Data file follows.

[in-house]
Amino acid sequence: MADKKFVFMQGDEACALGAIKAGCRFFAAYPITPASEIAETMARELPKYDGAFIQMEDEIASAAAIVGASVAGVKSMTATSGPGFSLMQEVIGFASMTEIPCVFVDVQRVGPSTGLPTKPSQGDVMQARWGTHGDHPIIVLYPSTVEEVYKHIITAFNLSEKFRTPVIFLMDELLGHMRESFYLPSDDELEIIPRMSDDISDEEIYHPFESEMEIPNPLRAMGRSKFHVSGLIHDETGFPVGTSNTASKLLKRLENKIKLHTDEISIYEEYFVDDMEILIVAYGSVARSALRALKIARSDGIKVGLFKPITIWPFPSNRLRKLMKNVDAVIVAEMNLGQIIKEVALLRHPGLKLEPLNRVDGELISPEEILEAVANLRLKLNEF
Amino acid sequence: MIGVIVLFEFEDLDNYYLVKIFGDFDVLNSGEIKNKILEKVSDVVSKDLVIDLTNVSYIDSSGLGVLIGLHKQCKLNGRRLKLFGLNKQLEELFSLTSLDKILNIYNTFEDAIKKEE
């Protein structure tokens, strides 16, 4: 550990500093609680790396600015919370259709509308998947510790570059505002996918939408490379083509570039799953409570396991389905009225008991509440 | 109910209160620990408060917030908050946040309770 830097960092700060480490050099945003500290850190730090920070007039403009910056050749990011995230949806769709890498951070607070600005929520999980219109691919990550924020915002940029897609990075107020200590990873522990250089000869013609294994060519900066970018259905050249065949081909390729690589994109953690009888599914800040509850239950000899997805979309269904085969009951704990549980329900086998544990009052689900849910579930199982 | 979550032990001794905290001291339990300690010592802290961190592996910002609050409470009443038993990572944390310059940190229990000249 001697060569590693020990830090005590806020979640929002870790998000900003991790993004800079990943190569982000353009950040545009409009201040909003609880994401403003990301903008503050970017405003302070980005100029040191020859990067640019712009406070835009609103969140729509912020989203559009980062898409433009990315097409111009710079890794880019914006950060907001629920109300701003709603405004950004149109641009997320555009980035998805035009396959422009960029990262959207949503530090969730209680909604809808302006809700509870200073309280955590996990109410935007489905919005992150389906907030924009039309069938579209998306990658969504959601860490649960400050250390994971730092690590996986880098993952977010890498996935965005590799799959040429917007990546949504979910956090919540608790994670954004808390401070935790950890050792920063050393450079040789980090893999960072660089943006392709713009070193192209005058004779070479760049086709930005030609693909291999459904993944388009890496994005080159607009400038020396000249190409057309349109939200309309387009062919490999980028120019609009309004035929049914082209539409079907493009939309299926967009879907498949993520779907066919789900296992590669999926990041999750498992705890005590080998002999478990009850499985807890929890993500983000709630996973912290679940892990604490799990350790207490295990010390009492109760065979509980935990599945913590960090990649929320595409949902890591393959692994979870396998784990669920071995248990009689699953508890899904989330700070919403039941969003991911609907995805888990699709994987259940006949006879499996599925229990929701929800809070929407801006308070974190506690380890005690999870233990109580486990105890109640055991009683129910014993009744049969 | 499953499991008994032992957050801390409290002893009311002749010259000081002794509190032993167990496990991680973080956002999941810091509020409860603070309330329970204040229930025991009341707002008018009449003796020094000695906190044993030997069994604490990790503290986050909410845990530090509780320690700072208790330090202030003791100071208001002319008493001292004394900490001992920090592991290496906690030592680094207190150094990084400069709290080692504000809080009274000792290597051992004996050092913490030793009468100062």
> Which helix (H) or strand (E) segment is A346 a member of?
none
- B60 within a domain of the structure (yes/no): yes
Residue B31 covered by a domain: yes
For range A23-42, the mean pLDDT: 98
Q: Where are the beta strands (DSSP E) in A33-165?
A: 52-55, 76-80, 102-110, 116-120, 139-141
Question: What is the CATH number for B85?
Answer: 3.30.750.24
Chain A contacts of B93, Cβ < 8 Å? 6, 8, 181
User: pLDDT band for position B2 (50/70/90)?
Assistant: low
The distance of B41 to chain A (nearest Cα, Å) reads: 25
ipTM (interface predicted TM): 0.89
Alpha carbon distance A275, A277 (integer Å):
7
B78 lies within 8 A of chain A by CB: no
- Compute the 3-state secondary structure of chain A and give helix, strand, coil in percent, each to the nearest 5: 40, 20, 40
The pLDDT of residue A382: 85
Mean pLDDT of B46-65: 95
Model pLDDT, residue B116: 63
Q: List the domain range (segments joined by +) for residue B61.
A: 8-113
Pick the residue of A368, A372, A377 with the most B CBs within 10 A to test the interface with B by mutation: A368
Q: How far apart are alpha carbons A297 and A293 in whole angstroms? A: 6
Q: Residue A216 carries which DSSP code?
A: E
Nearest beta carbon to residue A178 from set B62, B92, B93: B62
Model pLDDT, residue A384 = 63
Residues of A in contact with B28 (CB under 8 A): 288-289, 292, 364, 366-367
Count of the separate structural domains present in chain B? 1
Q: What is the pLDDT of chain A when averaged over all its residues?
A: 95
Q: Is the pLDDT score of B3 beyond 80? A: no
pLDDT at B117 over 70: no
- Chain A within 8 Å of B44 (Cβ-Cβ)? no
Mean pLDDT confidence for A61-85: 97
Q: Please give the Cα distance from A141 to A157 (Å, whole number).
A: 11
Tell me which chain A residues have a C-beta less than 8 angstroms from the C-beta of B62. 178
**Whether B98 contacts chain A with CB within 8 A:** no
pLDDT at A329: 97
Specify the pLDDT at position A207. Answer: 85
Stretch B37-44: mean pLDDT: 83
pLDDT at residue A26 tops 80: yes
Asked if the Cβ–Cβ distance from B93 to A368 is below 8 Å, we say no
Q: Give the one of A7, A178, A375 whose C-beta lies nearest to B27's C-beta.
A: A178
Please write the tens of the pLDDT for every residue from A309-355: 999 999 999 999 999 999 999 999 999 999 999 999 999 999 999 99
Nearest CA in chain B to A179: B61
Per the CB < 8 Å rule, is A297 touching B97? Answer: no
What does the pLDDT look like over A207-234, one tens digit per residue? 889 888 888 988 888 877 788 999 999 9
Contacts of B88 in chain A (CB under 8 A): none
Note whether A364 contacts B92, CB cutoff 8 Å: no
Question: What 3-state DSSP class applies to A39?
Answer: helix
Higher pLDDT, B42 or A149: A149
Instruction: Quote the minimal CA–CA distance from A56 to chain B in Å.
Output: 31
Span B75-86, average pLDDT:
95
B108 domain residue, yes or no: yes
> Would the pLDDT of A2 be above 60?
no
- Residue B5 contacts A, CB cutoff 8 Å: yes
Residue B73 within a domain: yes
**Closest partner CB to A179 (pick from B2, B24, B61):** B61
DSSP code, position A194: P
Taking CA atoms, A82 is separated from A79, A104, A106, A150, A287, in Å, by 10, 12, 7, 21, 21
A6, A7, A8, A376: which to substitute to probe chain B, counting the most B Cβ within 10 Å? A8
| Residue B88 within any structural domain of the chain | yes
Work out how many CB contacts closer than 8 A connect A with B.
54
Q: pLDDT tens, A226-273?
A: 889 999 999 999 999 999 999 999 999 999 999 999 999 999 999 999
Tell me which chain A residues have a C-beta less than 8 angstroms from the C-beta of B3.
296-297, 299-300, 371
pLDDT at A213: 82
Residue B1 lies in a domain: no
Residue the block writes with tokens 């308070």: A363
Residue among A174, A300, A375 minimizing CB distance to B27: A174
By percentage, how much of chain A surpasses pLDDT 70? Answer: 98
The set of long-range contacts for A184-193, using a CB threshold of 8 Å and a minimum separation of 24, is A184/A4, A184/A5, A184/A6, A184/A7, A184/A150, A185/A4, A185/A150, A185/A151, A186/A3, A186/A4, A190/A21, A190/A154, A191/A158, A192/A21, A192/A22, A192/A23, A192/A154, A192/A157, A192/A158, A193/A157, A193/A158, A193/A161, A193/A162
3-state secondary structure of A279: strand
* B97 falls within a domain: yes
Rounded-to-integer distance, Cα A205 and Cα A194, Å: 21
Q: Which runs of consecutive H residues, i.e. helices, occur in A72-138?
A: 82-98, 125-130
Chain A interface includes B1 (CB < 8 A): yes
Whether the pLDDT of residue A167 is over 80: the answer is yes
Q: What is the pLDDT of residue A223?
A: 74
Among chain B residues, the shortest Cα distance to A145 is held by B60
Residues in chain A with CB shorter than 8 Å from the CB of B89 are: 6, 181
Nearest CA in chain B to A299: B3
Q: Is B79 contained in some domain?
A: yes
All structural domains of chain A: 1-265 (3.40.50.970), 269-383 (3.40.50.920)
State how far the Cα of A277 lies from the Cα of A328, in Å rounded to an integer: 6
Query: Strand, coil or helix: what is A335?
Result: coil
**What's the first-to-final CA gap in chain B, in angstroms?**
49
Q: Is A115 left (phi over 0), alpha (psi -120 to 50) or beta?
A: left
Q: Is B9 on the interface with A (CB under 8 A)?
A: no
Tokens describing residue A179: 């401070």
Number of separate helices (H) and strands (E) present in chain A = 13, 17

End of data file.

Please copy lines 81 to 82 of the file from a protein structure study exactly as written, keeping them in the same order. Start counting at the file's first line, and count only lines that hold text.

296-297, 299-300, 371
pLDDT at A213: 82